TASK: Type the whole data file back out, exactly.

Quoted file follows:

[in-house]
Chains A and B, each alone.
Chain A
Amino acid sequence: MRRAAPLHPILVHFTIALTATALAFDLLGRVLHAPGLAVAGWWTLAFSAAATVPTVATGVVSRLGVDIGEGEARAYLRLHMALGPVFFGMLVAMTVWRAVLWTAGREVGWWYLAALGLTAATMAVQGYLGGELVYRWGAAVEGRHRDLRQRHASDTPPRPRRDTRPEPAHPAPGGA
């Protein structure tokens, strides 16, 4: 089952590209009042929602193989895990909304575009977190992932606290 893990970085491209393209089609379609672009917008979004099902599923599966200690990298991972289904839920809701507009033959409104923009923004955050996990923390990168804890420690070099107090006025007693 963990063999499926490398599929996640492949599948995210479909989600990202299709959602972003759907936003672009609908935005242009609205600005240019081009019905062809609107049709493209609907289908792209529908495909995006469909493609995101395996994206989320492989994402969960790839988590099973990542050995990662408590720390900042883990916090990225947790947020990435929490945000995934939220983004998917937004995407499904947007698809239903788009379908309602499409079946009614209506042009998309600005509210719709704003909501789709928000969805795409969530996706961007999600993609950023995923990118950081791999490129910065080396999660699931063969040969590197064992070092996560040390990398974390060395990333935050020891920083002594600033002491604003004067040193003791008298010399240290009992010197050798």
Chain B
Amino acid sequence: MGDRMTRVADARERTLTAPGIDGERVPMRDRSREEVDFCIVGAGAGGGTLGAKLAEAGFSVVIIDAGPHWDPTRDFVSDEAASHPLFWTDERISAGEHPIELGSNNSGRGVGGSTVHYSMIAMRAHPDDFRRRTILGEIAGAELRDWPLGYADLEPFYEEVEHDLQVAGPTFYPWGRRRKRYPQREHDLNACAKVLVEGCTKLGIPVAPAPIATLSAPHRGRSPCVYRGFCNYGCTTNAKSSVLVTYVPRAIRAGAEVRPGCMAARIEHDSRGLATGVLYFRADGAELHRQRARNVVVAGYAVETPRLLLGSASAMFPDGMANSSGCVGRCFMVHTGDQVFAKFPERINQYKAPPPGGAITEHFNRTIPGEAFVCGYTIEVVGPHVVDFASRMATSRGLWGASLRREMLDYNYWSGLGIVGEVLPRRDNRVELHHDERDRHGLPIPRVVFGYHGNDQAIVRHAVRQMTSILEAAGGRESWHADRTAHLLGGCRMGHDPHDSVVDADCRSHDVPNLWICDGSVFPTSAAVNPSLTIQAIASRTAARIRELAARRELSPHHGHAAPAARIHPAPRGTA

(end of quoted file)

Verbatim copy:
[in-house]
Chains A and B, each alone.
Chain A
Amino acid sequence: MRRAAPLHPILVHFTIALTATALAFDLLGRVLHAPGLAVAGWWTLAFSAAATVPTVATGVVSRLGVDIGEGEARAYLRLHMALGPVFFGMLVAMTVWRAVLWTAGREVGWWYLAALGLTAATMAVQGYLGGELVYRWGAAVEGRHRDLRQRHASDTPPRPRRDTRPEPAHPAPGGA
């Protein structure tokens, strides 16, 4: 089952590209009042929602193989895990909304575009977190992932606290 893990970085491209393209089609379609672009917008979004099902599923599966200690990298991972289904839920809701507009033959409104923009923004955050996990923390990168804890420690070099107090006025007693 963990063999499926490398599929996640492949599948995210479909989600990202299709959602972003759907936003672009609908935005242009609205600005240019081009019905062809609107049709493209609907289908792209529908495909995006469909493609995101395996994206989320492989994402969960790839988590099973990542050995990662408590720390900042883990916090990225947790947020990435929490945000995934939220983004998917937004995407499904947007698809239903788009379908309602499409079946009614209506042009998309600005509210719709704003909501789709928000969805795409969530996706961007999600993609950023995923990118950081791999490129910065080396999660699931063969040969590197064992070092996560040390990398974390060395990333935050020891920083002594600033002491604003004067040193003791008298010399240290009992010197050798």
Chain B
Amino acid sequence: MGDRMTRVADARERTLTAPGIDGERVPMRDRSREEVDFCIVGAGAGGGTLGAKLAEAGFSVVIIDAGPHWDPTRDFVSDEAASHPLFWTDERISAGEHPIELGSNNSGRGVGGSTVHYSMIAMRAHPDDFRRRTILGEIAGAELRDWPLGYADLEPFYEEVEHDLQVAGPTFYPWGRRRKRYPQREHDLNACAKVLVEGCTKLGIPVAPAPIATLSAPHRGRSPCVYRGFCNYGCTTNAKSSVLVTYVPRAIRAGAEVRPGCMAARIEHDSRGLATGVLYFRADGAELHRQRARNVVVAGYAVETPRLLLGSASAMFPDGMANSSGCVGRCFMVHTGDQVFAKFPERINQYKAPPPGGAITEHFNRTIPGEAFVCGYTIEVVGPHVVDFASRMATSRGLWGASLRREMLDYNYWSGLGIVGEVLPRRDNRVELHHDERDRHGLPIPRVVFGYHGNDQAIVRHAVRQMTSILEAAGGRESWHADRTAHLLGGCRMGHDPHDSVVDADCRSHDVPNLWICDGSVFPTSAAVNPSLTIQAIASRTAARIRELAARRELSPHHGHAAPAARIHPAPRGTA